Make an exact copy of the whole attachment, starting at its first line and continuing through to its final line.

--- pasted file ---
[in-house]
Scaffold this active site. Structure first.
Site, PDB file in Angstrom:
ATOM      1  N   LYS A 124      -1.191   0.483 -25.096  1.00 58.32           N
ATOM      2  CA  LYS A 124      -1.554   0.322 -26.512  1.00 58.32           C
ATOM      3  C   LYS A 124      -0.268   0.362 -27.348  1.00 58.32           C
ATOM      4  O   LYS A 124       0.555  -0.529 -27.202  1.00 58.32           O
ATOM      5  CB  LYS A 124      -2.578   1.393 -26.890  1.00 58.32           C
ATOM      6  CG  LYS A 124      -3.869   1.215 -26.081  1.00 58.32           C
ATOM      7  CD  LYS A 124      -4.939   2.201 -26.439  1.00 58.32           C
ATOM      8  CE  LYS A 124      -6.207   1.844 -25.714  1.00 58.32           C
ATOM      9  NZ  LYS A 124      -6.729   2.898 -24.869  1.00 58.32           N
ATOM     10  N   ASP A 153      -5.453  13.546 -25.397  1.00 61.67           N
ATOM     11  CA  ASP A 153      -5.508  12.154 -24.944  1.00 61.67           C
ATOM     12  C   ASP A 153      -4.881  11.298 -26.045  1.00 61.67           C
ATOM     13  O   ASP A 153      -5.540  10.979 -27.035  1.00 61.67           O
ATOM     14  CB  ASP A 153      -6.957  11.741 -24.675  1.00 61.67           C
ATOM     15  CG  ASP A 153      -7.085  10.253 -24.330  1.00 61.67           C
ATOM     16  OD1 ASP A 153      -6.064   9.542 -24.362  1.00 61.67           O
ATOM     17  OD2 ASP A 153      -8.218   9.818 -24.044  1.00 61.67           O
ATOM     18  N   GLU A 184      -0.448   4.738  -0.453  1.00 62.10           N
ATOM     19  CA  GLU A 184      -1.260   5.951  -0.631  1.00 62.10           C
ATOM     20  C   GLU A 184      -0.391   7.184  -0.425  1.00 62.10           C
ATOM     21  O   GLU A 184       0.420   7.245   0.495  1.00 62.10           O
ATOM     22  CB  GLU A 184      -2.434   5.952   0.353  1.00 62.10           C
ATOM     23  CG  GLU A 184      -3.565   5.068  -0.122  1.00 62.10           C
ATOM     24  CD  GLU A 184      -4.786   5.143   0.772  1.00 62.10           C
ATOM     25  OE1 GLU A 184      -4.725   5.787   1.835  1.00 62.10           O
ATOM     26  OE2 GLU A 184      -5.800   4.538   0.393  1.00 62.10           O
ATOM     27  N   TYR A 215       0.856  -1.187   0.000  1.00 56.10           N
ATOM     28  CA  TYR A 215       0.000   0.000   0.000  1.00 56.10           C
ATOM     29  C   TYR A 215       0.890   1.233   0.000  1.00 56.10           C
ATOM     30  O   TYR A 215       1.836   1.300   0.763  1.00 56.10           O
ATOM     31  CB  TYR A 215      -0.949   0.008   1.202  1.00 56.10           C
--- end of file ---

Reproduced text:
[in-house]
Scaffold this active site. Structure first.
Site, PDB file in Angstrom:
ATOM      1  N   LYS A 124      -1.191   0.483 -25.096  1.00 58.32           N
ATOM      2  CA  LYS A 124      -1.554   0.322 -26.512  1.00 58.32           C
ATOM      3  C   LYS A 124      -0.268   0.362 -27.348  1.00 58.32           C
ATOM      4  O   LYS A 124       0.555  -0.529 -27.202  1.00 58.32           O
ATOM      5  CB  LYS A 124      -2.578   1.393 -26.890  1.00 58.32           C
ATOM      6  CG  LYS A 124      -3.869   1.215 -26.081  1.00 58.32           C
ATOM      7  CD  LYS A 124      -4.939   2.201 -26.439  1.00 58.32           C
ATOM      8  CE  LYS A 124      -6.207   1.844 -25.714  1.00 58.32           C
ATOM      9  NZ  LYS A 124      -6.729   2.898 -24.869  1.00 58.32           N
ATOM     10  N   ASP A 153      -5.453  13.546 -25.397  1.00 61.67           N
ATOM     11  CA  ASP A 153      -5.508  12.154 -24.944  1.00 61.67           C
ATOM     12  C   ASP A 153      -4.881  11.298 -26.045  1.00 61.67           C
ATOM     13  O   ASP A 153      -5.540  10.979 -27.035  1.00 61.67           O
ATOM     14  CB  ASP A 153      -6.957  11.741 -24.675  1.00 61.67           C
ATOM     15  CG  ASP A 153      -7.085  10.253 -24.330  1.00 61.67           C
ATOM     16  OD1 ASP A 153      -6.064   9.542 -24.362  1.00 61.67           O
ATOM     17  OD2 ASP A 153      -8.218   9.818 -24.044  1.00 61.67           O
ATOM     18  N   GLU A 184      -0.448   4.738  -0.453  1.00 62.10           N
ATOM     19  CA  GLU A 184      -1.260   5.951  -0.631  1.00 62.10           C
ATOM     20  C   GLU A 184      -0.391   7.184  -0.425  1.00 62.10           C
ATOM     21  O   GLU A 184       0.420   7.245   0.495  1.00 62.10           O
ATOM     22  CB  GLU A 184      -2.434   5.952   0.353  1.00 62.10           C
ATOM     23  CG  GLU A 184      -3.565   5.068  -0.122  1.00 62.10           C
ATOM     24  CD  GLU A 184      -4.786   5.143   0.772  1.00 62.10           C
ATOM     25  OE1 GLU A 184      -4.725   5.787   1.835  1.00 62.10           O
ATOM     26  OE2 GLU A 184      -5.800   4.538   0.393  1.00 62.10           O
ATOM     27  N   TYR A 215       0.856  -1.187   0.000  1.00 56.10           N
ATOM     28  CA  TYR A 215       0.000   0.000   0.000  1.00 56.10           C
ATOM     29  C   TYR A 215       0.890   1.233   0.000  1.00 56.10           C
ATOM     30  O   TYR A 215       1.836   1.300   0.763  1.00 56.10           O
ATOM     31  CB  TYR A 215      -0.949   0.008   1.202  1.00 56.10           C